The leaders of the United States, Japan, Germany, Britain, France, Italy and Canada met in Cornwall, England over the weekend and also agreed to work with the private sector, the Group of 20 industrialized nations and other countries to increase the vaccine contribution over months to come.
“They took a small step – at that very, very nice resort in Cornwall – but they shouldn’t kid themselves it’s more than a small step and they have still have a lot to do,” Lowcock said.


“What the world needed from the G7 was a plan to vaccinate the world. And what we got was a plan to vaccinate about 10% of the population of low and middle income countries, maybe by a year from now or the second half of next year,” he said.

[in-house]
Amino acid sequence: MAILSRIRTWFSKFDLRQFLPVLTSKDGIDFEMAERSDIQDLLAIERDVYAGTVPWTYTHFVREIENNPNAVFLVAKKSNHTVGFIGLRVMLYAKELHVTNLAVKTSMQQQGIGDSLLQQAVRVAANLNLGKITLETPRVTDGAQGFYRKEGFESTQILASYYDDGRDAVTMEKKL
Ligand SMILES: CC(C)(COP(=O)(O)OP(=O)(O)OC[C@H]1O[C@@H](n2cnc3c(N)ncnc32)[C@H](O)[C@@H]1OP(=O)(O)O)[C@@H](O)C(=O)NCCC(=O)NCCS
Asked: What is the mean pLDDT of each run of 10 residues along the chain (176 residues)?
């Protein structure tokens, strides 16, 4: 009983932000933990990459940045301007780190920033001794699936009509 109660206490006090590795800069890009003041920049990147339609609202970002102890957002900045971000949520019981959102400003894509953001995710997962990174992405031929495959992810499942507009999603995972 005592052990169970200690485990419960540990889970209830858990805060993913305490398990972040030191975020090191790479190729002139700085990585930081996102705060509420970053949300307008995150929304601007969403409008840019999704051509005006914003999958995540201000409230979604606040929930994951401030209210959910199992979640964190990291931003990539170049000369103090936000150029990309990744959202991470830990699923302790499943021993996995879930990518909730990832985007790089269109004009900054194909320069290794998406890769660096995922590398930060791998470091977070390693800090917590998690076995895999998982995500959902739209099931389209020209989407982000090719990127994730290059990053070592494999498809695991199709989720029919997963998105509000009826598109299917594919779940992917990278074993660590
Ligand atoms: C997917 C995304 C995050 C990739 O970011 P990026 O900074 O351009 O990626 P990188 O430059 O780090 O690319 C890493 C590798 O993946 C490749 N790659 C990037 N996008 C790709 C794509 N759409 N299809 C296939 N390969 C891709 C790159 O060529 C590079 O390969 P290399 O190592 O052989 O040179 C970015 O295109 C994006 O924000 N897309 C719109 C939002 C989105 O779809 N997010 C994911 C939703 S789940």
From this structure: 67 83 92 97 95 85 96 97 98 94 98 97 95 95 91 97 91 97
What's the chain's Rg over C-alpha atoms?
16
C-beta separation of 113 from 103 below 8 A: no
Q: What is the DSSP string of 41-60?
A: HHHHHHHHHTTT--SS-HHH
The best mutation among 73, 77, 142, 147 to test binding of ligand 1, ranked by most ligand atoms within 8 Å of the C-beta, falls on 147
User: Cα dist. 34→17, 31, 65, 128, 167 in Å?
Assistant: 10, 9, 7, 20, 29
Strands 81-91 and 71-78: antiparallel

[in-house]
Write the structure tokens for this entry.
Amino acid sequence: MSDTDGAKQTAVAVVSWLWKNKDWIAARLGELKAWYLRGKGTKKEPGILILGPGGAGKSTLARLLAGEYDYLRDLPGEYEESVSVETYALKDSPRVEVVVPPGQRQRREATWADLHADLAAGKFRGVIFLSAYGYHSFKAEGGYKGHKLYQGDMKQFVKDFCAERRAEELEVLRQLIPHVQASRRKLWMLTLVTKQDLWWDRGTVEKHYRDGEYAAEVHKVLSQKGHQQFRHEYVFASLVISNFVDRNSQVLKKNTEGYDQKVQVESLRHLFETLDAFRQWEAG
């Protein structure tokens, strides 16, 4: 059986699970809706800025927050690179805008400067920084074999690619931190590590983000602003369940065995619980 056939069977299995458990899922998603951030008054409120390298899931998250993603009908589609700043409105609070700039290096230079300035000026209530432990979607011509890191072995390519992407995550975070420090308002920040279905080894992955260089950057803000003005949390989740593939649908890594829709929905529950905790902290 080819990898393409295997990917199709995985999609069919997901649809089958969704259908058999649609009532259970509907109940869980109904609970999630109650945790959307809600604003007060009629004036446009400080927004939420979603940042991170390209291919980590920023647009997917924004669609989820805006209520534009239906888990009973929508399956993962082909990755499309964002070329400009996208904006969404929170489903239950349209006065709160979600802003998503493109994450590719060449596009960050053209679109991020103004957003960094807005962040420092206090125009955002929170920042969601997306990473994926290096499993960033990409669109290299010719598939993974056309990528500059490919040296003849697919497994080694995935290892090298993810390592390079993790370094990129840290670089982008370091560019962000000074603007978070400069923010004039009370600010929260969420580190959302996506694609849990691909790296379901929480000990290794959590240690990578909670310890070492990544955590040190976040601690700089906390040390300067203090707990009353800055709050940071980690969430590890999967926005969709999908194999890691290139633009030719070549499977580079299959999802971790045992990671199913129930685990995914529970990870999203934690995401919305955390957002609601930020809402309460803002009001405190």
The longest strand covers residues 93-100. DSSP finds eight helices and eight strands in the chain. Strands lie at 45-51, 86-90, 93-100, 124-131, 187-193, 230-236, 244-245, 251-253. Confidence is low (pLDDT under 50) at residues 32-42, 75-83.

In May, the International Monetary Fund unveiled a $50 billion proposal to end the COVID-19 pandemic by vaccinating at least 40% of the population in all countries by the end of 2021 and at least 60% by the first half of 2022.

“That is the deal of the century,” said Lowcock, adding that the G7 could also have done a lot more to provide vital supplies – such as oxygen ventilators, testing kits and protective equipment – to countries who are going to have to wait longer for vaccines.

[In May 2017, Mr. Mark Lowcock of the United Kingdom was appointed as the UN Under-Secretary-General for Humanitarian Affairs and Emergency Relief Coordinator, and head of the UN Office for the Coordination of Humanitarian Affairs (OCHA)]



G7 Summit was a missed opportunity for action and funding needed to end COVID-19 pandemic
June 16, 2021 by PATH